Al Friesen, left, Marlene Friesen, Charlotte Siemens and Jon Nofziger, who all attend Emmanuel Mennonite Church in Abbotsford, B.C., take part in the Walk in the Spirit of Reconciliation. (Photo by Al Friesen)

Following current physical-distance guidelines, the fifth annual Walk in the Spirit of Reconciliation was held in various parts of British Columbia over the final weekend of May.

Although we walked apart, we did so in solidarity with our First Nations brothers and sisters whose families have been affected by the residential school system for many generations.

George Brunk

Photo: Mennonite Archives of Ontario

In 2001, evangelist George Brunk II, left, reflected on his 65-year-long ministry. Brunk’s style of revival meetings disrupted Mennonite communities. In a public talk at Conrad Grebel College he recalled, “At a time when Mennonite preachers stood still behind the pulpit, I would wander across the stage, carrying the microphone . . .

Memories of Pa

Ed Olfert remembers his father, George Olfert (left), and his father-in-law, Harold Edmonds (right).

June is the month when we honour fathers. My pa was George, born in 1921, died in ’94.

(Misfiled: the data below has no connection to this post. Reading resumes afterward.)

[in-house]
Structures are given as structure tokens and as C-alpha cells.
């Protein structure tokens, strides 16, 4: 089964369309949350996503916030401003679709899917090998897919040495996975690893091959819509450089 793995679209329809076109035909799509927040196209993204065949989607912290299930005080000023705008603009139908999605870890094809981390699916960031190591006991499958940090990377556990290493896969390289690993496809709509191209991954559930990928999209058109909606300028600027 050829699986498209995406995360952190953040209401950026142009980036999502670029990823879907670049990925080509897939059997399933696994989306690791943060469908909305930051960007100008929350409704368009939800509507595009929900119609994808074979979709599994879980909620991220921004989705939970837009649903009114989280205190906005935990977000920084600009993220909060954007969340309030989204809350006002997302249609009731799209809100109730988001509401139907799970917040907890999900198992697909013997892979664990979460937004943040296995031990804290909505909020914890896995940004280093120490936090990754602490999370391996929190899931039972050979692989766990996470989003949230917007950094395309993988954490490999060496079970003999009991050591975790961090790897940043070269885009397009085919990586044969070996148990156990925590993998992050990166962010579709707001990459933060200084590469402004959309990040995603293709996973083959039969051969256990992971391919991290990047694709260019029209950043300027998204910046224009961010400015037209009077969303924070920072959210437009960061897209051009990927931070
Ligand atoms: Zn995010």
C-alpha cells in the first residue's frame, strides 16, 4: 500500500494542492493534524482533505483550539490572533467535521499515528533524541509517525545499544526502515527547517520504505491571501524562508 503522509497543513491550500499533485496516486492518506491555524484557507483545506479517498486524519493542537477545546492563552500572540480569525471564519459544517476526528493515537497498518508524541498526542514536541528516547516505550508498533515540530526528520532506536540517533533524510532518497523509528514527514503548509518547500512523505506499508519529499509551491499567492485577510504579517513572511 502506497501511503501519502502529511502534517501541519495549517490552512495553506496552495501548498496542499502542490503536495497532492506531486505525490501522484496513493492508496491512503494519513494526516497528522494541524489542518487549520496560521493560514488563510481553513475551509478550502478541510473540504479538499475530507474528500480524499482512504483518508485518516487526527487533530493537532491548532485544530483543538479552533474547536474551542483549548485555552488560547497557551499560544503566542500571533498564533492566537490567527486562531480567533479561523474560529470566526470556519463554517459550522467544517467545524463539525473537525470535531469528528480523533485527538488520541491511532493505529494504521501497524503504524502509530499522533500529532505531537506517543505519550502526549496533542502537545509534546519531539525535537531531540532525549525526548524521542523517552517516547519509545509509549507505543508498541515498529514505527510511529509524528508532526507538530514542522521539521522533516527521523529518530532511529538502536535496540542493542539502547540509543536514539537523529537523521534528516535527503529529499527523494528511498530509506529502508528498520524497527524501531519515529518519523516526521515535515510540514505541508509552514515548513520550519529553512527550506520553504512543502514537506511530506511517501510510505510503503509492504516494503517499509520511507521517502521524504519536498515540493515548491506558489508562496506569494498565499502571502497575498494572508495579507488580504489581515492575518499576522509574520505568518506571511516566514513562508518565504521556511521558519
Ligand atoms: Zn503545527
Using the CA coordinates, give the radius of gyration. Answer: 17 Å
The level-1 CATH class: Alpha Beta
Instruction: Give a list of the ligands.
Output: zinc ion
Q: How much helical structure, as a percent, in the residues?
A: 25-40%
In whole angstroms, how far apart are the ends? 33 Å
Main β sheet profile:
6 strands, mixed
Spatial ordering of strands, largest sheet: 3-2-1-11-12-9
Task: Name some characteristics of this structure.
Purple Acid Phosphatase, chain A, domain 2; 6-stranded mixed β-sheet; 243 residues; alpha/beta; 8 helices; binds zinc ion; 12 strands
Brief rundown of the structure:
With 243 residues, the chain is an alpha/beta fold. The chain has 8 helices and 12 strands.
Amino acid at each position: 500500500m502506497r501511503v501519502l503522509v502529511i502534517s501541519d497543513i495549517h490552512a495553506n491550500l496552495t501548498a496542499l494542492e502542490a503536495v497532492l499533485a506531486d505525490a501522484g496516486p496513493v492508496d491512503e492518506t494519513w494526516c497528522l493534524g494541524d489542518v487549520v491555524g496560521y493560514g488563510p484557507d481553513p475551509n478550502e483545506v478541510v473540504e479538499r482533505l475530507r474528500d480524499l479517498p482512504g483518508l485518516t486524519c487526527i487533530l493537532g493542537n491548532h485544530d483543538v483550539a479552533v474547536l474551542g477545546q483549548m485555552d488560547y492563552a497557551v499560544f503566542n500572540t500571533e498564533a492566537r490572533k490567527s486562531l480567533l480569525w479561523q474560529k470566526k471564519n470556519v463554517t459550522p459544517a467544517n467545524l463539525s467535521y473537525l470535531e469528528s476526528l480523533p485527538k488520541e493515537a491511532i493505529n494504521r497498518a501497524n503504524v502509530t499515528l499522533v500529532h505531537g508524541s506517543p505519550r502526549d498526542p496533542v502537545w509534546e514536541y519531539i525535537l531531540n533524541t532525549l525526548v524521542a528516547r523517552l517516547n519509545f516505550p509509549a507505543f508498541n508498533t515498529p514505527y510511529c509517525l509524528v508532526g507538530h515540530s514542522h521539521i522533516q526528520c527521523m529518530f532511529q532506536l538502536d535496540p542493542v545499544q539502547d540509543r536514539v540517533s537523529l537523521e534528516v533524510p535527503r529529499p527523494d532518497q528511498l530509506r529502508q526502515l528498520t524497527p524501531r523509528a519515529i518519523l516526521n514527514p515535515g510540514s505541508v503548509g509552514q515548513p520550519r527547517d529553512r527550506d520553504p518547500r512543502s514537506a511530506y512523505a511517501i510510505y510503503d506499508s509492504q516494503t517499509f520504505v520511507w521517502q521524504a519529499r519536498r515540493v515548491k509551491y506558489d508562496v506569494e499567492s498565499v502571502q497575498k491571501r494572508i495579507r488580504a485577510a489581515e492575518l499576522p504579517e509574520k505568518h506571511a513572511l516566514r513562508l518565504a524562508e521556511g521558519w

Pa loomed large. I spent childhood years believing that I was a disappointment to him. The areas of his life where he was gifted, strong and confident, seemed always to correlate with my weaknesses.

What kind of father?

'Loads of research points to the important role of fatherly involvement for children.' (Image by peterjamesanthony/Pixabay)

Probably no father should risk writing a Father’s Day column. Obviously, one’s family is the first to say “Dad’s not perfect.” I hope I’ve been good enough. Parenting is a lesson in grace.

A column about plague columns

Plague columns, like this one in Linz, Austria, are a reminder that the source of salvation is God. (Image by Alfred Stier/Pixabay)

If you’ve travelled in central or eastern Europe, you may have come across a plague column holding a prominent place in a town square. Plague columns were constructed in the 17th and 18th centuries as a display of public faith in the church and in God.

J.J. Thiessen

(Photo: Mennonite Heritage Archives / Conference of Mennonites in Canada Photo Collection)

J.J. Thiessen of Saskatoon served in many leadership roles at the congregational, provincial, national, and binational levels most of his adult life. He is quoted in A Leader for his Times: “What is the chief need of present day humanity? Depth! Truly, if anything increases from year to year, it is superficiality. . .

Sunday morning on Zoom

'I grieve the real faces and the real touch, yet I’m also thankful for this very real community.' (Image by Armin Schreijäg/Pixabay)

Church is about to start and the Zoom link doesn’t work! For some reason it keeps sending me to a YouTube video of “Seek Ye First,” and I can’t find my church!

Too much news?

'These are days of information overload.' (Image by Steve Buissinne/Pixabay)

These are days of information overload. There is so much news to follow! Local, regional, national, international, from this part of the country and from that part of the world.